Stratolaunch 13 Apr 2019 Air launch 1 73 m 117 m 590 t 250 t Widest aircraft, prototype carrier
Boeing 777X-9 25 Jan 2020 Airliner 1 76.7 m 71.8 m 352 t Pax: 550 Boeing 777 development, longest in serial production, heaviest twinjet

ProjectsEdit

Aircraft Proposed MTOW Note
Poll Triplane 1917 (circa) 50 m wingspan[3]
Victory Bomber 1940/1941 47.2 t 52 m wingspan, to carry a ten-ton earthquake bomb, rejected by the RAF[4]
Boeing 2707 SST 1960s 306 t a 93 m long Concorde answer, canceled in 1971
Lockheed CL-1201 1960s 6,420 t nuclear-powered, 1,120 feet (340 m) wing span, airborne aircraft carrier
Boeing RC-1 1970s 1,610 t "flying pipeline", proposed before the 1973 oil crisis
Conroy Virtus 1974 386 t 140 m wingspan, to carry Space Shuttle parts
Beriev Be-2500 1980s 2,500 t super heavy amphibious transport aircraft
Beriev Be-5000 1980s 5,000 t twin fuselages Be-2500
McDonnell Douglas MD-12 1990 430 t Proposed double deck airliner, canceled in mid-1990s
Boeing New Large Airplane 1990s 532 t 747 replacement powered by 777 engines, canceled in the 1990s
Aerocon Dash 1.6 wingship 1990s 5,000 t US ground effect aircraft, developed with Russian consultation
Tupolev Tu-404 1990s 605 t blended wing body airliner for 1,214 passenger, 110 m wingspan[5]
Sukhoi KR-860 1990s 650 t transport for 300 t payload or 860-1,000 passengers Double deck airliner
Boeing 747X 1996 473 t 747-400 stretch, Airbus A3XX competitor
Boeing Pelican 2002 2,700 t Ground effect and medium altitude transport
Airbus A380-900 2006 590 t Airbus A380-800 stretch, postponed in May 2010[6]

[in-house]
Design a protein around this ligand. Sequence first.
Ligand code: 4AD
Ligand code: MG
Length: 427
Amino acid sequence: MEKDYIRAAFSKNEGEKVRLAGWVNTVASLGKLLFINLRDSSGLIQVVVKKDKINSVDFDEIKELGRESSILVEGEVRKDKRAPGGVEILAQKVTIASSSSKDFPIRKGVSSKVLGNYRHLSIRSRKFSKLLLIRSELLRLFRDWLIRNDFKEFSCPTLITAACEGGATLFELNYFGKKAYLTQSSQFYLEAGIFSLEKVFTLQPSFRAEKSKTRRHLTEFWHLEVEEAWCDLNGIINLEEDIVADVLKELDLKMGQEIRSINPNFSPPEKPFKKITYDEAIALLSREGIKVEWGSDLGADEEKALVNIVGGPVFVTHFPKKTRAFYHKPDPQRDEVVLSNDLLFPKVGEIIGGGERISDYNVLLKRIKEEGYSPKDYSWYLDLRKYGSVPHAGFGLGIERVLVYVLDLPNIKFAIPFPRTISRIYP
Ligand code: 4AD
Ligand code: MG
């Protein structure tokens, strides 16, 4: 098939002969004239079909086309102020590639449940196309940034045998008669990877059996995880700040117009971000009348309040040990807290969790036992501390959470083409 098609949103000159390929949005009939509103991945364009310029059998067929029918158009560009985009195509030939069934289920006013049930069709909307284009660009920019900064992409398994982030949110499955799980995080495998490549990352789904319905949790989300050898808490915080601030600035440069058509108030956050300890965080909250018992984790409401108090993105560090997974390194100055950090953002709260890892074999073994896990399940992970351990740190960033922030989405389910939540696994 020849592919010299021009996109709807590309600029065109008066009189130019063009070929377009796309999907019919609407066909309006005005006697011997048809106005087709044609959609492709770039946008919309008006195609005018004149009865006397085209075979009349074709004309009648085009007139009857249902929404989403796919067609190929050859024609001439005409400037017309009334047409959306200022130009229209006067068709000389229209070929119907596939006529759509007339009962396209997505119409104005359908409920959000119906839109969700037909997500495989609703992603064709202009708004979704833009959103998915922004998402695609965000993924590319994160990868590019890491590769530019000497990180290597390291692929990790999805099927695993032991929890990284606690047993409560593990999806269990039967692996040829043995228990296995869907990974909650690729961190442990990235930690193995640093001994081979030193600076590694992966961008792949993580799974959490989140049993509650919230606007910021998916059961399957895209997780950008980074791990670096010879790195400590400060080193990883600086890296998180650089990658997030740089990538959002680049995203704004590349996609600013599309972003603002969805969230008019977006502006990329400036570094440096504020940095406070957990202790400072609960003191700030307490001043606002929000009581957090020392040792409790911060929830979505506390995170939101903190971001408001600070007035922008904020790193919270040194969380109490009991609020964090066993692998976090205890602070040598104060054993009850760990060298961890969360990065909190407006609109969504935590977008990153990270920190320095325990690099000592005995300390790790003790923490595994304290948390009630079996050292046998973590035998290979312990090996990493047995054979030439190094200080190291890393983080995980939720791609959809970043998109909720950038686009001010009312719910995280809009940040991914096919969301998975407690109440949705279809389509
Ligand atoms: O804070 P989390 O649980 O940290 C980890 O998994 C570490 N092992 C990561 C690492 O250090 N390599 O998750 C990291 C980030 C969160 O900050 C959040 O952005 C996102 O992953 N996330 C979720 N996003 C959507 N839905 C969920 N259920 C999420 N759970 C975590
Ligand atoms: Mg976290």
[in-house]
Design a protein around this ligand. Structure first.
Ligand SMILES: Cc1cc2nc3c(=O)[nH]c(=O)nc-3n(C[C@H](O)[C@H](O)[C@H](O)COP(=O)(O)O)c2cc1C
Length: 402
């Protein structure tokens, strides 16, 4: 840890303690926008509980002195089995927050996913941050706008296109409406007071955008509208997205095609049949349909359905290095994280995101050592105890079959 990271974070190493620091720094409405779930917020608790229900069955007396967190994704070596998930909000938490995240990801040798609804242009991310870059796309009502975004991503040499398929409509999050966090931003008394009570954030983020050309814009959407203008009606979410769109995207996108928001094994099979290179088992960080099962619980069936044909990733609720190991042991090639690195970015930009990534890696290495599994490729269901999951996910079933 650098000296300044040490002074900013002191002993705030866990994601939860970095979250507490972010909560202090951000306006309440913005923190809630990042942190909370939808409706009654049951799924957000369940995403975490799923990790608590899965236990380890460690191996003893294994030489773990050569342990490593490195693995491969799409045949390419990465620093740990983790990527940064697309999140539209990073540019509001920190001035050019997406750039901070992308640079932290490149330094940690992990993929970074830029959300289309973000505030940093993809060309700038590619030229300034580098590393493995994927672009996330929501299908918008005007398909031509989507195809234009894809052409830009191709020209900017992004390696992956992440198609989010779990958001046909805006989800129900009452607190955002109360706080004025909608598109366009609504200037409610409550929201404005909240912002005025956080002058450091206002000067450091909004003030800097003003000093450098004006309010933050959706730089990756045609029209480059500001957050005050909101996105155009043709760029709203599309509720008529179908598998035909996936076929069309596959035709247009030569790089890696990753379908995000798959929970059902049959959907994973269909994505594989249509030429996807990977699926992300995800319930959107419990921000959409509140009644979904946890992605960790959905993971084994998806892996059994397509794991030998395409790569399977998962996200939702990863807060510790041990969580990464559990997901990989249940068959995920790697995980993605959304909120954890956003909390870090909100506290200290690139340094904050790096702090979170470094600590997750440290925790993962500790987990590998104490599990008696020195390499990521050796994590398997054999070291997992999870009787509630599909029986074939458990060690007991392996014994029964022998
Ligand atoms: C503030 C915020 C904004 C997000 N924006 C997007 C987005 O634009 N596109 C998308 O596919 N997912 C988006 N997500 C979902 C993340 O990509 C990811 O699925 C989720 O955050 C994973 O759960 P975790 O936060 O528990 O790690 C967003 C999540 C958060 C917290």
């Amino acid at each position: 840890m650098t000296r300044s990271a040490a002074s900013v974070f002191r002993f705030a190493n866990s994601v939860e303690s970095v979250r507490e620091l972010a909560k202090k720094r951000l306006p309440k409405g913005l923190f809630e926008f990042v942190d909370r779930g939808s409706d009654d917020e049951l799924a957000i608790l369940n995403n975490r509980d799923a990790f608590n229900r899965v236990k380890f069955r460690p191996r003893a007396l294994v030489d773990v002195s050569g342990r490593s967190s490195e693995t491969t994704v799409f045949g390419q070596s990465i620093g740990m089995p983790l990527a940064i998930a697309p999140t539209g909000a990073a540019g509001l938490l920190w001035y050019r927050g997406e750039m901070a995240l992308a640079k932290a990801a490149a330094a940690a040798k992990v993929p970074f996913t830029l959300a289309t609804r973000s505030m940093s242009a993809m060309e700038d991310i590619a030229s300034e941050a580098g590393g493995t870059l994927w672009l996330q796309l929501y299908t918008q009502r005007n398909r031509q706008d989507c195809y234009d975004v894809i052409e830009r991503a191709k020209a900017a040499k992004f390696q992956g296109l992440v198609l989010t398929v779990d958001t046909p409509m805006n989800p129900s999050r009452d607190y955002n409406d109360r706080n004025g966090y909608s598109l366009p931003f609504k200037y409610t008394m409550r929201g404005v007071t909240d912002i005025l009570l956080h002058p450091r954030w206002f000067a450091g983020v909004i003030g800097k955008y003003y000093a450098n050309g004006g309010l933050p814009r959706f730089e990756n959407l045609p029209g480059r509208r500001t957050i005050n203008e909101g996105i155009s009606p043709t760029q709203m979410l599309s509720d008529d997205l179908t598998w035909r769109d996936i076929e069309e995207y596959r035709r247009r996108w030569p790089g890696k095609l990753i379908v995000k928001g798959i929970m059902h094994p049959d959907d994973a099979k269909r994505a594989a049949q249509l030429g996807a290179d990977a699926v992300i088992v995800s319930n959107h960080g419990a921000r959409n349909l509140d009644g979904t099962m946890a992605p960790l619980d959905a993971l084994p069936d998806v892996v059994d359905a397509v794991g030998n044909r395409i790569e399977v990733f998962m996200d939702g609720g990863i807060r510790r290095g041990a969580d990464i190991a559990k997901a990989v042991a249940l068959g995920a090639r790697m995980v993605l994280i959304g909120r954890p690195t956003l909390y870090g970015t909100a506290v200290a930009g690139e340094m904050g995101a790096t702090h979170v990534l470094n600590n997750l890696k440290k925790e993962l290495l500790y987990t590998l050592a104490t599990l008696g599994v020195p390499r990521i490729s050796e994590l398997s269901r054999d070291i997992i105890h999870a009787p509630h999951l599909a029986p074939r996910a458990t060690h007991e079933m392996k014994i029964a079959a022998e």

TsAGI HCA-LB 2010s 1,000 t ground effect aircraft powered by LNG
Skylon current 345 t reusable spaceplane

Rotary-wingEdit

Aircraft First flight MTOW Note
Hughes XH-17 23 Oct 1952 23 t Prototype heavy-lift helicopter, largest rotor at 39.6 m
Mil Mi-6 5 June 1957 44 t heavy transport helicopter, 35 m rotor
Fairey Rotodyne 6 Nov 1957 15 t Largest gyrodyne prototype for 40 passengers
Boeing CH-47 21 Dec 1961 23 t tandem rotor
Mil V-12 or Mi-12 10 Jul 1968 105 t Largest prototype helicopter, 2 × 35 m rotors
Sikorsky CH-53E 1 Mar 1974 33 t largest US helicopter
Mil Mi-26 14 Dec 1977 56 t heaviest serial production helicopter
V-22 Osprey 19 Mar 1989 27 t first operational VTOL tiltrotor
Sikorsky CH-53K 27 October 2015 38.4 t CH-53E update

Lighter than airEdit

Aircraft First flight Volume Length Note
HM Airship R101 14 Oct 1929 156,000 m3 236 m followed by the smaller 146,000 m3 R100 (220 m) on 16 Dec 1929
US Navy USS Akron 8 Aug 1931 180,000 m3 239 m largest helium-filled airship along its USS Macon sister ship
LZ 129 Hindenburg 4 Apr 1936 200,000 m3 245 m Largest volume, 215 t, along its LZ130 Graf Zeppelin II sister ship
U.S. Navy ZPG-3W July 1958 42,450 m3 123 m Largest U.S. Navy non-rigid airship
Airlander 10 17 Aug 2016 38,000 m3 92 m Largest modern non-rigid airship
 
Hindenburg airship compared with the largest fixed-wing aircraft.
  • The 240,000 m3 R102 was cancelled, like the 270,000 m3 R103

ProposalsEdit

Hydrogen carrier airship (2.45 km long) and balloon (727 m wide), 28000 tonne MTOW both.[7]

See alsoEdit

ReferencesEdit

  1. ^ Schoolcraft, Don, FAA Definitions begining [sic] with the letter L., Aviation Safety Bureau
  2. ^ EASA Regulation – Amendment of Implementing Rule 2042/2003, Version 1 (PDF). 13 January 2012. p. 4. Retrieved 20 May 2014.
  3. ^ Gunston, Bill, 1991. Giants of the Sky: The Largest Aeroplanes of All Time. Sparkford, UK: Patrick Stephens Limited.
  4. ^ Buttler, Tony. Secret Projects: British Fighters and Bombers 1935 -1950 Midland Publishing, 2004. ISBN 1-85780-179-2.
  5. ^ ""404" Tupolev". testpilot.ru.
  6. ^ "A380-900 and freighter both on 'back-burner': Enders". Flight International. 20 May 2010. Retrieved 14 December 2011.
  7. ^ Using the jet stream for sustainable airship and balloon transportation of cargo and hydrogen

Further readingEdit

External linksEdit